I always wanted two kids, but the idea of that was so daunting, and I felt like I would change my mind from 100% on one side of the fence to 100% on the other at a whim. The thoughts tortured me daily and were distracting me from enjoying my life and my time with my daughter. I had also joined a facebook group called One and Done On the Fence. It was all I could think about.
The beginning of summer 2020 is when I sought help in the form of counseling. It was hard for me to take that first step. My counselor suggested I talk to my doctor about an SSRI as she thought this might help with my postpartum anxiety. I started on Sertraline (Zoloft) and did about two months of counseling. I worked hard on getting to know myself and what I wanted, vs listening to all the noise from friends, family, and online. I wrote down a lot of thoughts in a journal and felt okay with being done having kids. I felt much better overall on the Zoloft and also left the facebook group to shut out the noise. What was valuable about this group was hearing the story of a new mom of two. It made me think that it is possible, but I need to quiet my mind and take the time and space to breathe and be alone with my thoughts.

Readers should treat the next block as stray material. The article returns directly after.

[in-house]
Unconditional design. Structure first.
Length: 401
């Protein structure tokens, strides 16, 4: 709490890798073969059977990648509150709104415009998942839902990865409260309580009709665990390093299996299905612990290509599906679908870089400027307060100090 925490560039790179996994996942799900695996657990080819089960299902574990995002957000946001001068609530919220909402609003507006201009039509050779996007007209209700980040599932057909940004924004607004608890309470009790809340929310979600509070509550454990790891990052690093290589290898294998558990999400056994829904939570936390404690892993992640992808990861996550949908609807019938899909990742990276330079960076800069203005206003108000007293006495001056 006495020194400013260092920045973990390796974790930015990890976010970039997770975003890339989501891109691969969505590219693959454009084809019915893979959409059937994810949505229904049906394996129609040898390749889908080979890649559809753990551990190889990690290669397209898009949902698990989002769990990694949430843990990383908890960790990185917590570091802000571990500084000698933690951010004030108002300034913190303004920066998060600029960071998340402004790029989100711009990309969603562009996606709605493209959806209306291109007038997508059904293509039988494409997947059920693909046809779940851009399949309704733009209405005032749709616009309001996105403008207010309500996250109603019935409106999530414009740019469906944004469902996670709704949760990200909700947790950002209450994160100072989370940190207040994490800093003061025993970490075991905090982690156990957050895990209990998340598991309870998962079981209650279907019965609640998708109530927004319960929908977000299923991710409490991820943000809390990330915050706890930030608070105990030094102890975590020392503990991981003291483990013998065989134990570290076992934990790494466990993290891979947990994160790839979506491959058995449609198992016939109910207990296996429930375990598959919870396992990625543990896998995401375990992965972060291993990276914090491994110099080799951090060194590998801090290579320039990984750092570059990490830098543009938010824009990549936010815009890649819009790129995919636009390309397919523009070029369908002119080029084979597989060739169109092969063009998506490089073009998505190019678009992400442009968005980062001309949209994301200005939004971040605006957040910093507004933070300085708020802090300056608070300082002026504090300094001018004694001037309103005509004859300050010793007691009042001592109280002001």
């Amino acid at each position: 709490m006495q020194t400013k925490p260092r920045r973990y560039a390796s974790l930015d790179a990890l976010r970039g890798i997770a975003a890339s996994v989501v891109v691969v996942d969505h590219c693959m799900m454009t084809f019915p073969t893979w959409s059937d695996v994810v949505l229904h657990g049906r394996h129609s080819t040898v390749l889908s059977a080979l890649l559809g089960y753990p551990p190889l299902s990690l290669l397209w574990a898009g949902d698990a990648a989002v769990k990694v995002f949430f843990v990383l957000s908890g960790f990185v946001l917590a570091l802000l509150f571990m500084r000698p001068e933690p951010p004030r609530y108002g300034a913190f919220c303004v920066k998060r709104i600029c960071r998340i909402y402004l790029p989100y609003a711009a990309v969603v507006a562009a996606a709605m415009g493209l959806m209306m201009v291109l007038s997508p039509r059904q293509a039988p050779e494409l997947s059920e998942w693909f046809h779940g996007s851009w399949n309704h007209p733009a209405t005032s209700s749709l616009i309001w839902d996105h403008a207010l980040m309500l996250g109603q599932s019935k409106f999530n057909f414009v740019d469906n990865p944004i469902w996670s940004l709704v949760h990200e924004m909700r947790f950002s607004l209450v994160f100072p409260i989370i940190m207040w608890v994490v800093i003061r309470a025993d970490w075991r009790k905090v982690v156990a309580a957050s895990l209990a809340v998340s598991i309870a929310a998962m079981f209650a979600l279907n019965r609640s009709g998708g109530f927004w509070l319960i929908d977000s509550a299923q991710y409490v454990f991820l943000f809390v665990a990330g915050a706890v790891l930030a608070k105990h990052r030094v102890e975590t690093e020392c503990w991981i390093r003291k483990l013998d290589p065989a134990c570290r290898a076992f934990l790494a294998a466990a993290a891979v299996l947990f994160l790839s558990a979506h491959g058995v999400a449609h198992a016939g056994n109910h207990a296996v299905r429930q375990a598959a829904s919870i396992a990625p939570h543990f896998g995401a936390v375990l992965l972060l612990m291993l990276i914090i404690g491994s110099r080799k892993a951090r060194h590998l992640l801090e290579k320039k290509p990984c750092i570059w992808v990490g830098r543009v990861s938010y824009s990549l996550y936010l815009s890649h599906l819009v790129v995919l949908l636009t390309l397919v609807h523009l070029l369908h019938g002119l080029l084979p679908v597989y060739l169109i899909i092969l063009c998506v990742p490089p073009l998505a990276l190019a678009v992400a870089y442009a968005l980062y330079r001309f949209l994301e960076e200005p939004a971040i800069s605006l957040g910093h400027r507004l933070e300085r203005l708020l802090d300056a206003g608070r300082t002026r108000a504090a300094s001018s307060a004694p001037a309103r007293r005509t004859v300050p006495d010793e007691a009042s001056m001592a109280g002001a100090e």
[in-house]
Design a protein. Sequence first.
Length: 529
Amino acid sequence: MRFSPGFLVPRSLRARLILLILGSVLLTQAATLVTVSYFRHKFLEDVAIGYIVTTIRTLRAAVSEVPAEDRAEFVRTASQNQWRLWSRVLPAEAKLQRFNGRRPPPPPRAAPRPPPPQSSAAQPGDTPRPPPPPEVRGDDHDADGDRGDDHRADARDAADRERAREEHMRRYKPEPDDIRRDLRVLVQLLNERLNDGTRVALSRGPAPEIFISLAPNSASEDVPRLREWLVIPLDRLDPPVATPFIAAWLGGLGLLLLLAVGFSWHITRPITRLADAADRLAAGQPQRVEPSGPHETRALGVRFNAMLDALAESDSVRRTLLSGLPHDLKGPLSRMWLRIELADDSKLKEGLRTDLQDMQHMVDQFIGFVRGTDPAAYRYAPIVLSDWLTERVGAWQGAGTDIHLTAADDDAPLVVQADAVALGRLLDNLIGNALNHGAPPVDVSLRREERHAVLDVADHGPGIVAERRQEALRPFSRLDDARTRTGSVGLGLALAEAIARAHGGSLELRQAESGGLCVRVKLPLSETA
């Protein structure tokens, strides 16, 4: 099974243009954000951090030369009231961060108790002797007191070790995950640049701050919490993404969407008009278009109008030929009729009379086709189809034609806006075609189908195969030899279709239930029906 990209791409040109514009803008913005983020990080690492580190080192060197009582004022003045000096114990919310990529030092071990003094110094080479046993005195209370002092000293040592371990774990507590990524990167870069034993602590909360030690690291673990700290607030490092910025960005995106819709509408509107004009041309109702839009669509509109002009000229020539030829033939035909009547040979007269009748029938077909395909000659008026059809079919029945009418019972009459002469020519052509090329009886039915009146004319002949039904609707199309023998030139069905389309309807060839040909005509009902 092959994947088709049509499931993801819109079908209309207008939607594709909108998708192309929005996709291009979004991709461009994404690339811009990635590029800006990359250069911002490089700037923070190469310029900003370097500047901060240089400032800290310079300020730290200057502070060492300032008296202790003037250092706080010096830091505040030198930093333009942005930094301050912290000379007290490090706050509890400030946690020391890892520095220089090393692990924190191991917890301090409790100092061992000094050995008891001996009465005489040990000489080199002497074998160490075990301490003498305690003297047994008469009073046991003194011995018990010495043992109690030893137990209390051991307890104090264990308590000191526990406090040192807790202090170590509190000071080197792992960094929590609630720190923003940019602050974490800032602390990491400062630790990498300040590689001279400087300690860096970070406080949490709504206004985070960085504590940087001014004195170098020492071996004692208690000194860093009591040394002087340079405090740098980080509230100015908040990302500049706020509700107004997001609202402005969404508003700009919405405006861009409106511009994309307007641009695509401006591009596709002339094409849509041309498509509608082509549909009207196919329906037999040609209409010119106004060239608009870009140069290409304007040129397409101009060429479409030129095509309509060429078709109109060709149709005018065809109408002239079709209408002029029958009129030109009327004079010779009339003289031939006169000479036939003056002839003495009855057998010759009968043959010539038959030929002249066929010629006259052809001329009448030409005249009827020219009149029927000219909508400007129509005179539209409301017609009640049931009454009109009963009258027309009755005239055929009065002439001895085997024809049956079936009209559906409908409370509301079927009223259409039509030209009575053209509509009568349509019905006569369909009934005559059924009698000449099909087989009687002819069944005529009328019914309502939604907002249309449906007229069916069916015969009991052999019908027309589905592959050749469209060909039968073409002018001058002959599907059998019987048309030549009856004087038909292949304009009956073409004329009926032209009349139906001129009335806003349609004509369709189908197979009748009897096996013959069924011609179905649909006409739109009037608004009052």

The following January (my daughter was 2.5), I made the decision to start trying for a second. I imagined what I wanted my family to look like in 10 years, after the newborn stage, terrible twos, etc. I wanted another buddy there. I felt that it would be so much hard work, but also felt mentally in a much better place. To prepare for this I made a list of what I would do differently in my pregnancy and newborn phase. There were things like getting a doula, making sure baby takes a bottle, and sharing the baby responsibilities with my husband.
It took us 9 months to conceive (including two chemical pregnancies). Right when we found out we were pregnant, my daughter started preschool again. The morning sickness was even worse than with my first, but I was more adamant to my OB for a prescription for Diclegis which made it so much better. I had to go the ER twice during this pregnancy (which ended up being dehydration) and it was harder being “advanced maternal age” (36). It was a bit rough, but luckily no big issues. And luckily my daughter was in school and loving it. My labor and delivery was very similar to my daughter’s, but he was born one week before my due date. We welcomed a very healthy boy two weeks before my daughter turned 4 years old. My mom was able to stay with her while my husband and I were at the hospital. I felt so relieved once he was born.